SYDNEY: Asian shares crept toward all-time peaks on Monday after Wall Street boasted its best start to a year in over a decade, with brisk economic growth and benign inflation proving a potent cocktail for risk appetites.
MSCI’s broadest index of Asia-Pacific shares outside Japan added 0.2 percent having climbed 3.1 percent last week, its strongest performance in six months. At 588.55, the index is within spitting distance of its record top of 591.50 hit in November 2007.
The Philippines is already at a record, while Australian stocks eked out another decade top. Japan’s Nikkei was closed for a holiday but last week touched its highest since 1992.E-Mini futures for the S&P 500 edged up 0.1 percent while spreadbetters pointed to opening gains for Europe.
“This growth is keeping our quant models bullish and driving earnings revisions to new highs,” they added. “We stay long outside the U.S., with Asia ex-Japan and Nikkei our growth plays, Europe still for yield.”
Friday’s U.S. jobs report did nothing to challenge that outlook.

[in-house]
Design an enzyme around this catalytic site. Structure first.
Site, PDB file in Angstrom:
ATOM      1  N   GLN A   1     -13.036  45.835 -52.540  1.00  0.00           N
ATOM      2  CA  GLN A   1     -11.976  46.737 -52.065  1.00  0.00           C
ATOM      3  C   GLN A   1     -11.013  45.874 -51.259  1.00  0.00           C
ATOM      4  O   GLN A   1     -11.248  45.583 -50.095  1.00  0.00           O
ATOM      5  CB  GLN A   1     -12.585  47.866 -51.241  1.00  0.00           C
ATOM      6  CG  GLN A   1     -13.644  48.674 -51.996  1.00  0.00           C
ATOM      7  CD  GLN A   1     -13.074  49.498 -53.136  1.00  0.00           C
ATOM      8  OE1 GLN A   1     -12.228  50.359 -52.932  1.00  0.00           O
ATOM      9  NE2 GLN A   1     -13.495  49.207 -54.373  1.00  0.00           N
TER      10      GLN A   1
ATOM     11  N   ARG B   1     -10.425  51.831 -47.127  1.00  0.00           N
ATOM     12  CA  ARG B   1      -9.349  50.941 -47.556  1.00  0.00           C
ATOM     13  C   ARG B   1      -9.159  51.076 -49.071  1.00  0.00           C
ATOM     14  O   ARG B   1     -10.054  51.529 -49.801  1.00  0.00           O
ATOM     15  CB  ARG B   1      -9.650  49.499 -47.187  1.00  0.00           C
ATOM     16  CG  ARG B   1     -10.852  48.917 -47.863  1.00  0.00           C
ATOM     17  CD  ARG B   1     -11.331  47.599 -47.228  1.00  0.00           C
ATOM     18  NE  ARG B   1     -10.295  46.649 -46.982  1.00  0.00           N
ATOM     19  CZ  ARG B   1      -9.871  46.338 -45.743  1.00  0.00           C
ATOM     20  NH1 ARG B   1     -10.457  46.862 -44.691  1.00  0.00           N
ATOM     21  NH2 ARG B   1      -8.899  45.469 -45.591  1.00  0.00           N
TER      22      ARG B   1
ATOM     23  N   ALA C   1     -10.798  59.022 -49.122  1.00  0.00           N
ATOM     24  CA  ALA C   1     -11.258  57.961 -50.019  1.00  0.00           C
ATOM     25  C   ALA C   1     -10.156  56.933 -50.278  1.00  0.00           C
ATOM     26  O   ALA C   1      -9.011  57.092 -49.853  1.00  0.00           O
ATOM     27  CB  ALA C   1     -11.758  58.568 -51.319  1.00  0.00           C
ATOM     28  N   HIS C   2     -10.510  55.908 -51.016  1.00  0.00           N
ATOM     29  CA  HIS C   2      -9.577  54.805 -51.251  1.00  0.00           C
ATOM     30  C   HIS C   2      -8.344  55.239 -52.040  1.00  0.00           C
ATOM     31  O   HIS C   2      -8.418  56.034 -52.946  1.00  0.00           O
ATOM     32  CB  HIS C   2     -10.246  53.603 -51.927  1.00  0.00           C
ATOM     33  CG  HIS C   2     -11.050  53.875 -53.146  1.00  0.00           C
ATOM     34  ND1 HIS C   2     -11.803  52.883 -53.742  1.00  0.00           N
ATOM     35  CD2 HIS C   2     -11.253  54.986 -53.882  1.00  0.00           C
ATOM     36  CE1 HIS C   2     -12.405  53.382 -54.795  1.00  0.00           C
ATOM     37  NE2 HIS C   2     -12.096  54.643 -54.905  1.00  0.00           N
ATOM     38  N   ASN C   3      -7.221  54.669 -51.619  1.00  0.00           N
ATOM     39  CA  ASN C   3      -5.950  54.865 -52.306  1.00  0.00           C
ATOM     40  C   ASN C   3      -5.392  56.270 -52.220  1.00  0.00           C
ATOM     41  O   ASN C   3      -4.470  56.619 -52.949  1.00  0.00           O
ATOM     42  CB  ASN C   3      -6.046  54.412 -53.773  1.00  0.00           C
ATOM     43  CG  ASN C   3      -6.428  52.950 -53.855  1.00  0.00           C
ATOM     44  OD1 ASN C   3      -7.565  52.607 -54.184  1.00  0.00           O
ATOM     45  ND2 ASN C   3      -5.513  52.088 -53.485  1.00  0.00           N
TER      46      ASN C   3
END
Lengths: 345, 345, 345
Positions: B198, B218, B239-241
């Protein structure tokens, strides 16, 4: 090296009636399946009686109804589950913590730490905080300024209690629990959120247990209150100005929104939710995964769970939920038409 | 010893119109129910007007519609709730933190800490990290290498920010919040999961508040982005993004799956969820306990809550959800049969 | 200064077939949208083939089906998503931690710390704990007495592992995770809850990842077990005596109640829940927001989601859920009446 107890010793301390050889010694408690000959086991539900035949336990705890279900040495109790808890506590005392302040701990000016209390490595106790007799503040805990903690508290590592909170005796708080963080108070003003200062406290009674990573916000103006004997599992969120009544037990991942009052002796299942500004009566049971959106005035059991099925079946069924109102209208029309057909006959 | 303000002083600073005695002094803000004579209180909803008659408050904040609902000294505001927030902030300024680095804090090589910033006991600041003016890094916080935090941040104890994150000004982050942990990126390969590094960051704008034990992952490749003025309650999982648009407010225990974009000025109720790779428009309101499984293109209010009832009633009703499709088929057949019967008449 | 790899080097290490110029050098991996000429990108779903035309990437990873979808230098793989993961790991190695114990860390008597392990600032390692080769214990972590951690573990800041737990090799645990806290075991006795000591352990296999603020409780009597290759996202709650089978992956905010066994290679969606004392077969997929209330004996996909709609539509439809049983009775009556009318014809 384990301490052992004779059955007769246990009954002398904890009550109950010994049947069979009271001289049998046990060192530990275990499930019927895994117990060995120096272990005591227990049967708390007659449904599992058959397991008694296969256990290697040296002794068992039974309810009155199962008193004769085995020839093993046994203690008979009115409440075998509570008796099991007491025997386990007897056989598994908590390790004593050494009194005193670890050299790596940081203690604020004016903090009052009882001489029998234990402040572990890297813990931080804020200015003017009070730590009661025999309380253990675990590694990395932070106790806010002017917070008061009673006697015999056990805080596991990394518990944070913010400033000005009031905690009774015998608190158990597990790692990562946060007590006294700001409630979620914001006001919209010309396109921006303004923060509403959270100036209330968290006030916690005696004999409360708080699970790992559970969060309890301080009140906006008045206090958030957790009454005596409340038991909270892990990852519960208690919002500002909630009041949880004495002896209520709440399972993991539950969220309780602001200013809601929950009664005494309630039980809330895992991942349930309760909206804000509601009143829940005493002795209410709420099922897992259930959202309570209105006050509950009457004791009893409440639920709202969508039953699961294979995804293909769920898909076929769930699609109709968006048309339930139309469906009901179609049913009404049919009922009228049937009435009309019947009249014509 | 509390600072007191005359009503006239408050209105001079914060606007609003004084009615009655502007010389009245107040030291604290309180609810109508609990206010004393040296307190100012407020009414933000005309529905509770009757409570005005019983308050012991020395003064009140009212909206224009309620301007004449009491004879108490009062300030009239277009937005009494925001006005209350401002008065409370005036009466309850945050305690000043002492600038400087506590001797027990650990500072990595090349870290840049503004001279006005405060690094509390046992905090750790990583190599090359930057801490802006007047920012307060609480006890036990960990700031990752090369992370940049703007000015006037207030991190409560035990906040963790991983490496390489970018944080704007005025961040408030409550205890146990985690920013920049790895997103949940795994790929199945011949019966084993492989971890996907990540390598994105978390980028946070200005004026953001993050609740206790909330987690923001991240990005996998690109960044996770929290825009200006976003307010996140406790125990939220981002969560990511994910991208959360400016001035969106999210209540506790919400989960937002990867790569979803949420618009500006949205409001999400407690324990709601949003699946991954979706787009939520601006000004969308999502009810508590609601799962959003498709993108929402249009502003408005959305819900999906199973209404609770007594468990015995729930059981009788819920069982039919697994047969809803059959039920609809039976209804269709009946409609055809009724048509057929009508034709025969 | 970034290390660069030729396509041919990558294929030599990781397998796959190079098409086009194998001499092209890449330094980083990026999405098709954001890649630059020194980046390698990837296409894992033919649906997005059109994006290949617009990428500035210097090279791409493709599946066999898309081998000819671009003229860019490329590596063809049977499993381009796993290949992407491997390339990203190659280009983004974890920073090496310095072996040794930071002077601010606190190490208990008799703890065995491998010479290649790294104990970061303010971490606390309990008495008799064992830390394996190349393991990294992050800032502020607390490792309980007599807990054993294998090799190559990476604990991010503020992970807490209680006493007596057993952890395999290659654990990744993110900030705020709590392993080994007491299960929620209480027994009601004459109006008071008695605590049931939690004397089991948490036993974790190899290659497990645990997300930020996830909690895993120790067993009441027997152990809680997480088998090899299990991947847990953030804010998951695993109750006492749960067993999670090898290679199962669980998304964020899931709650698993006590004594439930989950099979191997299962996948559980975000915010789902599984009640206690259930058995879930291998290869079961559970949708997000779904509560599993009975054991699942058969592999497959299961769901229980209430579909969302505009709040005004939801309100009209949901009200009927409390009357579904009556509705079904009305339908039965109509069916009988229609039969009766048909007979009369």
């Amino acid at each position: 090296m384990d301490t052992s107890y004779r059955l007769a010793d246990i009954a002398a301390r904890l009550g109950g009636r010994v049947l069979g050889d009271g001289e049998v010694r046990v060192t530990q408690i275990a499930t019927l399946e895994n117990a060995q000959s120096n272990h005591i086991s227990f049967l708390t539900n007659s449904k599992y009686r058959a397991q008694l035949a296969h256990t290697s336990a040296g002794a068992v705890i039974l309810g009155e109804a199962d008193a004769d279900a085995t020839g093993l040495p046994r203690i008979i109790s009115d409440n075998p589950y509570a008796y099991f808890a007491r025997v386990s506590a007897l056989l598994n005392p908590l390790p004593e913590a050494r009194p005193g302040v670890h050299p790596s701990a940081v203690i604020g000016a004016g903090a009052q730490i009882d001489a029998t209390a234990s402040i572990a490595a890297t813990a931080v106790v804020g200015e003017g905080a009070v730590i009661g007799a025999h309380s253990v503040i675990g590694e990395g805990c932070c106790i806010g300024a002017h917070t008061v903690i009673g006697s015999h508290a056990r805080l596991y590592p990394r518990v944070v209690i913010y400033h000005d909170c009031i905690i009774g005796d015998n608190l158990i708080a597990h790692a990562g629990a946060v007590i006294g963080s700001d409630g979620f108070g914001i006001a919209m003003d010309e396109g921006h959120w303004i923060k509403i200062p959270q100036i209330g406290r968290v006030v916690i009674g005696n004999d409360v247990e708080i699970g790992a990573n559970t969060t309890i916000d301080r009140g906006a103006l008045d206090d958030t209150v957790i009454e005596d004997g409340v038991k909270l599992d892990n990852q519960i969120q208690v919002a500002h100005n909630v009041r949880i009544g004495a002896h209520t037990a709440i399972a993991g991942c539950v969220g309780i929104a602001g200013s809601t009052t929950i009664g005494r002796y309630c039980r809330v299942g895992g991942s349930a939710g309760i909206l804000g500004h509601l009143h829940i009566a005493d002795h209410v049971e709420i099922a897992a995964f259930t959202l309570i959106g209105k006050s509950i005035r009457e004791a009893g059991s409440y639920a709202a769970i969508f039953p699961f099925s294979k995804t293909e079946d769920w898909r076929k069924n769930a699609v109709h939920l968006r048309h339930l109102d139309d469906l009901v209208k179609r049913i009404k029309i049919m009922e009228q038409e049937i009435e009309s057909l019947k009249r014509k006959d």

While payrolls missed forecasts, the report was perfect for equities given unemployment stayed low but with little sign of the inflationary pressures that would make the Federal Reserve more aggressive in tightening policy.
Wall Street has already enjoyed its best start to a year in more than a decade, with the Dow up 2.3 percent last week and the S&P 500 2.6 percent. The tech-heavy Nasdaq led the charge with a rise of 3.4 percent.
The quarterly U.S. earnings season kicks off this week with the Street expecting solid growth of around 10 percent, though many companies are also likely to be announcing one-off charges to account for recent tax changes.